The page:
Sacha Baron Cohen's film career got off to a rocky start with Ali G Indahouse, but since the box office success of Borat in 2006 the Brit comic hasn't looked back. His latest film shuns the mock documentary style of its predecessors in favour of a more straightforward narrative arc as it zeroes in on Wadiyan tyrant Admiral General Aladeen.
The African ruler finds himself hauled in front of the United Nations as the West seeks to enforce a democracy on his homeland. Things quickly take a turn for the worse, though, when he's abducted by John C Reilly's psycho security man and shorn of his beloved beard. Aladeen escapes, but democratic reform is already in motion as his devious deputy (Sir Ben Kingsley doing the villain routine) agrees to carve up Wadiya's oil reserves for a hefty personal reward and sends a double to seal the deal.
What follows is a culture clash comedy with a strong dash of rom-com as Aladeen adopts the name Alison Burgers and lands a job working at hippy chick Zoey's (Anna Faris) organic supermarket.
There's a severed head, a masturbatory hallucination and a mid-air 9/11 terrorism gag to provide chucklesome comedy, while a scene in which Aladeen and Zoey have to deliver a baby will prompt squirms and laughs in equal measure. There's plenty of farcical slapstick, too, such as a botched attempt to zip-line between skyscrapers and physical violence against a bratty child.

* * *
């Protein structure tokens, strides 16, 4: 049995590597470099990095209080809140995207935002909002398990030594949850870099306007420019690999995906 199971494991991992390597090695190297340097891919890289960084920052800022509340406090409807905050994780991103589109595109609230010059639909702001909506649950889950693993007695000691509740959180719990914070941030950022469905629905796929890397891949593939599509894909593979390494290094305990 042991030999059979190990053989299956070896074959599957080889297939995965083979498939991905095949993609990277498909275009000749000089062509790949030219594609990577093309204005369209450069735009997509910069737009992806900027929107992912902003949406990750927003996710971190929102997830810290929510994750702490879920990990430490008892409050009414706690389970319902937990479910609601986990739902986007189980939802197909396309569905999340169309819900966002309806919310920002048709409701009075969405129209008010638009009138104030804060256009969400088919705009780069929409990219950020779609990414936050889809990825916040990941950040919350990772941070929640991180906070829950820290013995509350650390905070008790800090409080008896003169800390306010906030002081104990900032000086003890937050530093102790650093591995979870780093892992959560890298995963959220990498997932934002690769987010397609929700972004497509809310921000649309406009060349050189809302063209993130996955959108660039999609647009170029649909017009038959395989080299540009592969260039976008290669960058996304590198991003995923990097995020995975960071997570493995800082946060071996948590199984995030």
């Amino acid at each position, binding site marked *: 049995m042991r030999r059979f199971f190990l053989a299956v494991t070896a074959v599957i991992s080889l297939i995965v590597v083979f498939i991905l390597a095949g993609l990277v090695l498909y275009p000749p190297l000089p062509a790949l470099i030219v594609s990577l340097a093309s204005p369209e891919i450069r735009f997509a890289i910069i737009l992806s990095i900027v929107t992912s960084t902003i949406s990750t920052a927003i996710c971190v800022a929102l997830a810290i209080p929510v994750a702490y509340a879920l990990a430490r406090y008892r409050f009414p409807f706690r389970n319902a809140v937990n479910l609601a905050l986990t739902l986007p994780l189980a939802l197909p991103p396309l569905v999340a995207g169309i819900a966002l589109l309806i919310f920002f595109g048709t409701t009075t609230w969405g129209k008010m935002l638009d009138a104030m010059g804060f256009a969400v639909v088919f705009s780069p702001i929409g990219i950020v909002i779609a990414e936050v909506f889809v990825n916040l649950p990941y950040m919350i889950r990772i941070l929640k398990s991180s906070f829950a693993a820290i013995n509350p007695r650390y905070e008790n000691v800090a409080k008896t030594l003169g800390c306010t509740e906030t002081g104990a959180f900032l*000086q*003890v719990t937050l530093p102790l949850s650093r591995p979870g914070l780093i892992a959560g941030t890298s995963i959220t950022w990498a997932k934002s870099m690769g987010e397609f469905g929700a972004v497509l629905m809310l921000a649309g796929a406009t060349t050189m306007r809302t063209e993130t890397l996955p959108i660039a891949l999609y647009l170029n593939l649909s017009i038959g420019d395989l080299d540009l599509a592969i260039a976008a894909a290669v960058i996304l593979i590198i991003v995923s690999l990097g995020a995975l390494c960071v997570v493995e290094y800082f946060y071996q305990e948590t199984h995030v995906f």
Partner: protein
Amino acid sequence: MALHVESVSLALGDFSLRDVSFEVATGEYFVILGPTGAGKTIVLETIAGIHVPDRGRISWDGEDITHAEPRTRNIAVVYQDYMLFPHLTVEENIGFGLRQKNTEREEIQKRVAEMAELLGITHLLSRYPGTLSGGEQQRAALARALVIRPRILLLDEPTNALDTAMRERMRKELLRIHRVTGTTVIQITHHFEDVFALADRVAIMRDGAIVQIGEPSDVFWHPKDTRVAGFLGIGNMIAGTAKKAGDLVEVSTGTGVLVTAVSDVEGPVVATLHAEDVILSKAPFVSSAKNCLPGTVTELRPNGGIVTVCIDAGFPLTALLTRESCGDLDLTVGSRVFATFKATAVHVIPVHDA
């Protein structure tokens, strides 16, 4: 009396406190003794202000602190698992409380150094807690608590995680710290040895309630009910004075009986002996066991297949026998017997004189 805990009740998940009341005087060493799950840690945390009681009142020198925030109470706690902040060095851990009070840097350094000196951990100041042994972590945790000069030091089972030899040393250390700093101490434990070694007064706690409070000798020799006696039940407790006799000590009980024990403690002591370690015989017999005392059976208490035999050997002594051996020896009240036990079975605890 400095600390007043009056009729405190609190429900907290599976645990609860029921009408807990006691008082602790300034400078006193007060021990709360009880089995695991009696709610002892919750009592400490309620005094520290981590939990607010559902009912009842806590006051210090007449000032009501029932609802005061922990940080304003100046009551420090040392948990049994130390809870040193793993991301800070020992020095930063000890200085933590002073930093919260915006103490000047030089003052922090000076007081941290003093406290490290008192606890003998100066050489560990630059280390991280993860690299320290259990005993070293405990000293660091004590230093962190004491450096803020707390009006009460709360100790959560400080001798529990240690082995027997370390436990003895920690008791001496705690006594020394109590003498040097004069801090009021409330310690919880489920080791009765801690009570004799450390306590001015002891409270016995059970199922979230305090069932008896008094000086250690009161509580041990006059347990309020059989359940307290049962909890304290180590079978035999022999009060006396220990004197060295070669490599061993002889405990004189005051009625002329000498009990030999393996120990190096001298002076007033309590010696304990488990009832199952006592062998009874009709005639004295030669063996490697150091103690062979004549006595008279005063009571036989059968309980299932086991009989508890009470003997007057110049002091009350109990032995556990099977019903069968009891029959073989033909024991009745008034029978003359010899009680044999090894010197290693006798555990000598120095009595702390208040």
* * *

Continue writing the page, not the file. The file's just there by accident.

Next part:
The movie is never as relentlessly funny as Borat (jokes with Megan Fox and Edward Norton miss the mark), yet it packs a sharp satirical edge that's almost unprecedented for a mainstream studio-funded Hollywood comedy. At one point, Aladeen fires off a speech that hammers home the similarities between democratic and dictatorial regimes. It's a brilliant moment, and one that drew an emphatic round of applause from the audience at the film's UK premiere this evening.
The Dictator perhaps spends a little too much time revisiting the same fish-out-of-water scenarios expertly mined by Borat, but it's a more satisfying all-round comedy than the uneven Bruno. Cohen's great skill is in creating sympathetic characters out of dimwitted and ignorant men. In Aladeen's case, he strips him of power in order to make his journey back to the top all the more engaging.
By the end he may not have experienced the complete Eat Pray Love-style spiritual overhaul he claims, but over the course of The Dictator's fleeting yet funny 82 minutes, Aladeen at least emerges as a more caring and sensitive despot.
Photo gallery - The Dictator world premiere in pictures